Warong Nasi Pariaman

Singapore Infopedia


It is believed that Warong Nasi Pariaman is the oldest surviving stall in Singapore that serves nasi padang – rice with mixed dishes, originating from the city of Padang in West Sumatra, Indonesia. The stall is famous for its authentic Padang dishes, particularly beef rendang, which is cooked without coriander and cumin unlike other rendang dishes.1 A family-run business, Warong Nasi Pariaman has been serving nasi padang since 1948. It is located in a shophouse at 738 North Bridge Road, at the corner of North Bridge Road and Kandahar Street, near the Sultan Mosque.2

Established by a man named Isrin, Warong Nasi Pariaman (Pariaman is the name of a town in West Sumatra) commenced business in 1948 as a warong (coffeeshop) at the corner of Kandahar Street.3 The coffeeshop has remained at the same location, but Isrin has since retired and the business has been passed on to his wife and children.4

Padang food constitutes white rice eaten with a variety of pre-cooked dishes and condiments. The dishes are richly flavoured with coconut oil, lime, fresh chilli, tamarind, lemongrass and lengkuas (galangal root).5

In 1992, Warong Nasi Pariaman was reported to prepare between 50 and 60 kg of rice a day. The stall owners said that the ingredients and the ways in which the dishes are prepared have remained true to the original recipe since the warong first started. Isrin’s wife, Hajah Rosnah, who owned the stall in 1992, claimed that she had never once let anyone else take charge of the ingredients in her 47 years of selling Padang food.6

In 1998, the second generation of the Isrin family ran the stall together with their wives. The team was headed by Isrin’s son, Sudirman.7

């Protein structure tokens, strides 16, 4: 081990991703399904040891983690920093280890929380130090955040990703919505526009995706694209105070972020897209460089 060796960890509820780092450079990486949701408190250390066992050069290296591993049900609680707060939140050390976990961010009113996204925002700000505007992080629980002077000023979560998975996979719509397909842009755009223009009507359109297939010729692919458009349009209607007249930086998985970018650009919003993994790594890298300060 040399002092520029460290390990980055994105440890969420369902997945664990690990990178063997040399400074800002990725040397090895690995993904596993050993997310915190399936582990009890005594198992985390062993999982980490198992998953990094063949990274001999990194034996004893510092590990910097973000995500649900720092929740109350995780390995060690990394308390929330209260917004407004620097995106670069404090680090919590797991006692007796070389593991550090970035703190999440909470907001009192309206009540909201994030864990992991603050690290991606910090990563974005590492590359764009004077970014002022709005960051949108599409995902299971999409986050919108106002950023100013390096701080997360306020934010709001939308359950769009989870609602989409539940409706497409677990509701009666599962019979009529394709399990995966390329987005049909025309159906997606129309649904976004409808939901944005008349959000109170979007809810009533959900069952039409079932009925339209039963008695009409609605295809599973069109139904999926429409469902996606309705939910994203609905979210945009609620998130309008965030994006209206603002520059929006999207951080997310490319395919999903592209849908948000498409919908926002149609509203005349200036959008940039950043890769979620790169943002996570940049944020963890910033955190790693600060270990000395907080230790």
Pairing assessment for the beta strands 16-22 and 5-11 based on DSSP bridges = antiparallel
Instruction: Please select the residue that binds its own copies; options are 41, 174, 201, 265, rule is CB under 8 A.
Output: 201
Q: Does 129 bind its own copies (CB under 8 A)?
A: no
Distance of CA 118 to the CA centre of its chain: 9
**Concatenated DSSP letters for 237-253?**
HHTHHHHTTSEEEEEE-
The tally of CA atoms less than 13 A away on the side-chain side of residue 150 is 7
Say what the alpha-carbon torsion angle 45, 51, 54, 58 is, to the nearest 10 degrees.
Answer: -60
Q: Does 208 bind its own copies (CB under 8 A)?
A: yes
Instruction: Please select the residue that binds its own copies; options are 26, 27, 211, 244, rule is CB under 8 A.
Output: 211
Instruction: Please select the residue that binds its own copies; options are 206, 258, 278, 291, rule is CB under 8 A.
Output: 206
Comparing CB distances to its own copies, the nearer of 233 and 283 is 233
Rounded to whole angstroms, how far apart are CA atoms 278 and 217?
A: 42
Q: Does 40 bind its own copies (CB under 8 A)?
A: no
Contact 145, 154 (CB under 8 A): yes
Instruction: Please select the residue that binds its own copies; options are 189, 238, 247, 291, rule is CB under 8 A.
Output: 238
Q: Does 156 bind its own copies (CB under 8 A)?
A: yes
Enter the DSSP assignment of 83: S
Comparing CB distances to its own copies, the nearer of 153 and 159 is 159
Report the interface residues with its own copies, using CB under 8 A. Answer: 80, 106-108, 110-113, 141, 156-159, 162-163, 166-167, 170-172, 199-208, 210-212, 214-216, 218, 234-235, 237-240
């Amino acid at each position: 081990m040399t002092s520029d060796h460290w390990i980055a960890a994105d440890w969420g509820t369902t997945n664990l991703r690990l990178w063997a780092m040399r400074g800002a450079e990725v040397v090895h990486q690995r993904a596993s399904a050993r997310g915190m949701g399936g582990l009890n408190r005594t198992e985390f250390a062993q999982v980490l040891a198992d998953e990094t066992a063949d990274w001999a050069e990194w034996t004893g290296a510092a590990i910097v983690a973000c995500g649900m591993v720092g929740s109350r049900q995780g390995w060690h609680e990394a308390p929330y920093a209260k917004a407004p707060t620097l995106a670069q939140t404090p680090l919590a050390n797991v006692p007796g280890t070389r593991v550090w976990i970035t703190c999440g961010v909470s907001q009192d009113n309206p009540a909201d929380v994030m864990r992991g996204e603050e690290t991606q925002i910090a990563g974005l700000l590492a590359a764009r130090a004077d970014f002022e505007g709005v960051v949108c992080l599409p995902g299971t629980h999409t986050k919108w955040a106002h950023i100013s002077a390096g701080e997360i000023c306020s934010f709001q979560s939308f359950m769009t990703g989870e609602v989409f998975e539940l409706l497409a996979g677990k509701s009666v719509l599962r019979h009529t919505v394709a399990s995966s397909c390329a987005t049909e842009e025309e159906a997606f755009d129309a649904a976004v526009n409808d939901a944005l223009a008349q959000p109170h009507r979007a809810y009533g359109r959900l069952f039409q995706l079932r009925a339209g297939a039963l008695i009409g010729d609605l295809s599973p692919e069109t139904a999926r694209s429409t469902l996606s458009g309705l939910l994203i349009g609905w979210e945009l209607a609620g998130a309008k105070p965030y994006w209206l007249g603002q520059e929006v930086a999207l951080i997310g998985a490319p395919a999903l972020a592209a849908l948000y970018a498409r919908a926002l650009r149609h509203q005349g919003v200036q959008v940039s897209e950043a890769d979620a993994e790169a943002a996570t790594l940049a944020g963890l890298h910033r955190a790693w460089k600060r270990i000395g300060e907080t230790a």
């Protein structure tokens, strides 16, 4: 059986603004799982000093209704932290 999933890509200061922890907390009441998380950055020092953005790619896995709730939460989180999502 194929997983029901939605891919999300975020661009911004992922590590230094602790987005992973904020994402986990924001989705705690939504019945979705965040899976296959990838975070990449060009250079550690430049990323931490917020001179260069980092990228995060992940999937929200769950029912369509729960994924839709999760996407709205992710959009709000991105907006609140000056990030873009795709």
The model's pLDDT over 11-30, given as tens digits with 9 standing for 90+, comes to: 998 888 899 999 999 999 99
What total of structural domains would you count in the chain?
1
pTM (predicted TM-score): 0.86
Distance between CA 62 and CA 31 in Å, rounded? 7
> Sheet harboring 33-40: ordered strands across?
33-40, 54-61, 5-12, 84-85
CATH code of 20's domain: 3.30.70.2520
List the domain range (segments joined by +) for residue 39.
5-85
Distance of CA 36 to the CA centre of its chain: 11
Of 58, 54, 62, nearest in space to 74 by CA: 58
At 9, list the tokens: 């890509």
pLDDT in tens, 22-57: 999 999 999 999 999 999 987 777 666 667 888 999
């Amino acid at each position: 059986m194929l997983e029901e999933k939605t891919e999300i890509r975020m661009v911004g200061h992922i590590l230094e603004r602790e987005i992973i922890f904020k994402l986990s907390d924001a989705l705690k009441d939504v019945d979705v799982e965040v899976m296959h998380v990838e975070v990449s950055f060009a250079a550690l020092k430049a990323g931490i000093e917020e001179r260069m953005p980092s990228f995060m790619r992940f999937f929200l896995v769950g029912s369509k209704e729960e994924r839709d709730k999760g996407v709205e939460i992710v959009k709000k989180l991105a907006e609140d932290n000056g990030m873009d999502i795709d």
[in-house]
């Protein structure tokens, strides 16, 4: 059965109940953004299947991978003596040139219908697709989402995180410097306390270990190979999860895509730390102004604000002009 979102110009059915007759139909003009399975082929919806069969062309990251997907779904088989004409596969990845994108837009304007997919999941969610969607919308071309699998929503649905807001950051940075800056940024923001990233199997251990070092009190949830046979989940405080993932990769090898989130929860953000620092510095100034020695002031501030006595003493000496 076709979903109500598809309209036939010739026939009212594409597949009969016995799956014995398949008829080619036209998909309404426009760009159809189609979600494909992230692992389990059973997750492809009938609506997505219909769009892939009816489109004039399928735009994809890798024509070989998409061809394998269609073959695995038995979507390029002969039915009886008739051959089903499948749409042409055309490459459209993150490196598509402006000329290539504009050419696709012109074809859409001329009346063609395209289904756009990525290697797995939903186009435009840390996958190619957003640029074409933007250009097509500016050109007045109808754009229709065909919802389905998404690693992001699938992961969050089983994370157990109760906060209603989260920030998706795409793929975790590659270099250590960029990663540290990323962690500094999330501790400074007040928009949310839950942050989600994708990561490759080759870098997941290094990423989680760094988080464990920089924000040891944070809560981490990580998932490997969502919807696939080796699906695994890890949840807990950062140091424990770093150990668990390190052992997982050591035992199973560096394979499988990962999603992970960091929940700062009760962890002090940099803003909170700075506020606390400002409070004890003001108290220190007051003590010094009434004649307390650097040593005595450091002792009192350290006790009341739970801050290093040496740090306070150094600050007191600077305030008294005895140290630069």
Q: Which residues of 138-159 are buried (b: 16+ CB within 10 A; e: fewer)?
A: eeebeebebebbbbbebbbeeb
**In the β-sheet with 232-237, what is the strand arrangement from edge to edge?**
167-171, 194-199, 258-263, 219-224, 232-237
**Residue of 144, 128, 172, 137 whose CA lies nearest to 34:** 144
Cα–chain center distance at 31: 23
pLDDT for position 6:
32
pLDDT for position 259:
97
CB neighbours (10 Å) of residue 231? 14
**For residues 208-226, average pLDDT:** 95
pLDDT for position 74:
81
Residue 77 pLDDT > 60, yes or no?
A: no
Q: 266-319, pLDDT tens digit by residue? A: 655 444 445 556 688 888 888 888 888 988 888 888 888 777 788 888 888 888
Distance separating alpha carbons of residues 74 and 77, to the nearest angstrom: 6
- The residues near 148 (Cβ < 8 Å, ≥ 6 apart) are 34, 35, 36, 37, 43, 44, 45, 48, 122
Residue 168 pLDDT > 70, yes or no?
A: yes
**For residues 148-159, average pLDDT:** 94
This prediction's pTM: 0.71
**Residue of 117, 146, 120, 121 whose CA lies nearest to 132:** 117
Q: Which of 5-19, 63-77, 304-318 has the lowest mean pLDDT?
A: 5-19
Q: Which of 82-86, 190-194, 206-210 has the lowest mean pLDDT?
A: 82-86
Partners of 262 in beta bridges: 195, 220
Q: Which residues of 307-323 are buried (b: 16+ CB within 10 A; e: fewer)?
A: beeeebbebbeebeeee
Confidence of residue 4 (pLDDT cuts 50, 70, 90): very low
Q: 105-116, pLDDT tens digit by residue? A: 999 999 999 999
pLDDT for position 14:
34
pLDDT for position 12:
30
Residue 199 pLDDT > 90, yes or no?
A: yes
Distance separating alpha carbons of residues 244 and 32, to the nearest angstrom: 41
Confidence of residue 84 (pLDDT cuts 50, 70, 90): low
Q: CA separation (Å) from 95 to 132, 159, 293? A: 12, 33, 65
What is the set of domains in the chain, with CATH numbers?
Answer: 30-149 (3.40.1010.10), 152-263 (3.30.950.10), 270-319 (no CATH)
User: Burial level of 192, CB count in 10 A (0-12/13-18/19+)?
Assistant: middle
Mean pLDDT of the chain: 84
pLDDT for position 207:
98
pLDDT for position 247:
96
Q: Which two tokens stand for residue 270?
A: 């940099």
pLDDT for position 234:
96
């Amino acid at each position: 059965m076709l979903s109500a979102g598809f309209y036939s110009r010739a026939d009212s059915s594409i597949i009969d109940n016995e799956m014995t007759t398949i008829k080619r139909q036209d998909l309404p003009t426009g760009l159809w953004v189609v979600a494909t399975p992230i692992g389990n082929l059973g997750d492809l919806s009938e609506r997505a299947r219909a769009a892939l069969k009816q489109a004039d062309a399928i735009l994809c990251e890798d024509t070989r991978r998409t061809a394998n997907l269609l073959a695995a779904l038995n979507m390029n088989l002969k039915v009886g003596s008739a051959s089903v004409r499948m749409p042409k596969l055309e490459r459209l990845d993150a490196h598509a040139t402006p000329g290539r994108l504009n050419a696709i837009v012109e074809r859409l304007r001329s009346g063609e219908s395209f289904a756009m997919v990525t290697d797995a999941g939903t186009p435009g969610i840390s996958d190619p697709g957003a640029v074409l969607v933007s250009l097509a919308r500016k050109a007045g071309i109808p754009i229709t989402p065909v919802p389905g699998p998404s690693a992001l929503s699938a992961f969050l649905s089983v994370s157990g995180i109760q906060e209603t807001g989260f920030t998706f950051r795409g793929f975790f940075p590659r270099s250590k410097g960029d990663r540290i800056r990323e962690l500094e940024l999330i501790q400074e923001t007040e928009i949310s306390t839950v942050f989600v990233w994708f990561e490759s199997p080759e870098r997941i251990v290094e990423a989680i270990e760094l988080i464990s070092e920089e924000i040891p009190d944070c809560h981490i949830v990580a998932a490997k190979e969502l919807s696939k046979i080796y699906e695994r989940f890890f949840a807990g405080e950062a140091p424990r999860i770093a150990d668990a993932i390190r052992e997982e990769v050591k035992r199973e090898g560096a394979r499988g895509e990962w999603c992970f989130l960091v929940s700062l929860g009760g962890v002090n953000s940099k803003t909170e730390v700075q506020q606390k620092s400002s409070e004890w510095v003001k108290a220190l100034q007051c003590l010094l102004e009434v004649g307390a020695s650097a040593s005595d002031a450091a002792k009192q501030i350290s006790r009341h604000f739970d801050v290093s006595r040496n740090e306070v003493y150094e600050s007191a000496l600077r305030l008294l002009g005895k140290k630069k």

In 2013, the restaurant underwent major renovations, so the stall was moved to a temporary location. Subsequently, it returned to North Bridge Road.8

Food preparation at Warong Nasi Pariaman begins at 4 am and all the dishes are ready by 10 am.9 Fridays are particularly busy for Warong Nasi Pariaman as Malays visit in droves after their Friday prayers at the nearby Sultan Mosque.10 Many of the stall’s customers have been frequenting it for two generations.11


Marsita Omar


1. Salma Semono, “Nasi Kukus, Ramuan Asli – Rahsia Enak Masakan Pariaman,” Berita Harian, 23 August 1992, 9; Clarissa Oon, “Fandi Ahmad Used to Drop By on Friday,” Straits Times, 13 September 1998, 11. (From NewspaperSG)
2. Oon, “Fandi Ahmad Used to Drop By,” Semono, “Nasi Kukus, Ramuan Asli”; Ervina Mohd Jamil, “Ini Nasi Padang Yang Kusuap,” Berita Harian, 13 April 2014, 8; Atiyyah Mohd Said, “Perniagaan Keluarga Tanggungjawab Bersama,” Berita Harian, 18 May 2011, 4. (From NewspaperSG)
3. Oon, “Fandi Ahmad Used to Drop By”; Semono, “Nasi Kukus, Ramuan Asli”; Mohd Said, “Perniagaan Keluarga Tanggungjawab Bersama.” 
4. Oon, Fandi Ahmad Used to Drop By.”
5. Semono, “Nasi Kukus, Ramuan Asli.”
6. Semono, “Nasi Kukus, Ramuan Asli”; Oon, Fandi Ahmad Used to Drop By”; Mohd Said, “Perniagaan Keluarga Tanggungjawab Bersama.” 
7. Oon, Fandi Ahmad Used to Drop By.”
8. Adli Yashir Kuchit, “‘Ikon’ Di Arab Street Tukar Padang,” Berita Harian, 31 May 2013, 9. (From NewspaperSG)
9. Oon, Fandi Ahmad Used to Drop By.”
10. Oon, Fandi Ahmad Used to Drop By.”
11. Sheena Chan, “Street Food,” Straits Times, 11 January 2004, L40 (From NewspaperSG); Oon, Fandi Ahmad Used to Drop By.”

Further resources
“Full Listing of Eateries Recognized as Singapore’s Heritage Heroes,” Straits Times, 22 November 2016. (From Factiva via NLB’s eResources website)

Kenneth Goh, “Eating in the Spotlight,” Straits Times, 27 September 2015, 19. (From NewspaperSG)

National Heritage Board, Kampong Glam Heritage Trail (Singapore: National Heritage Board, 2012), 20.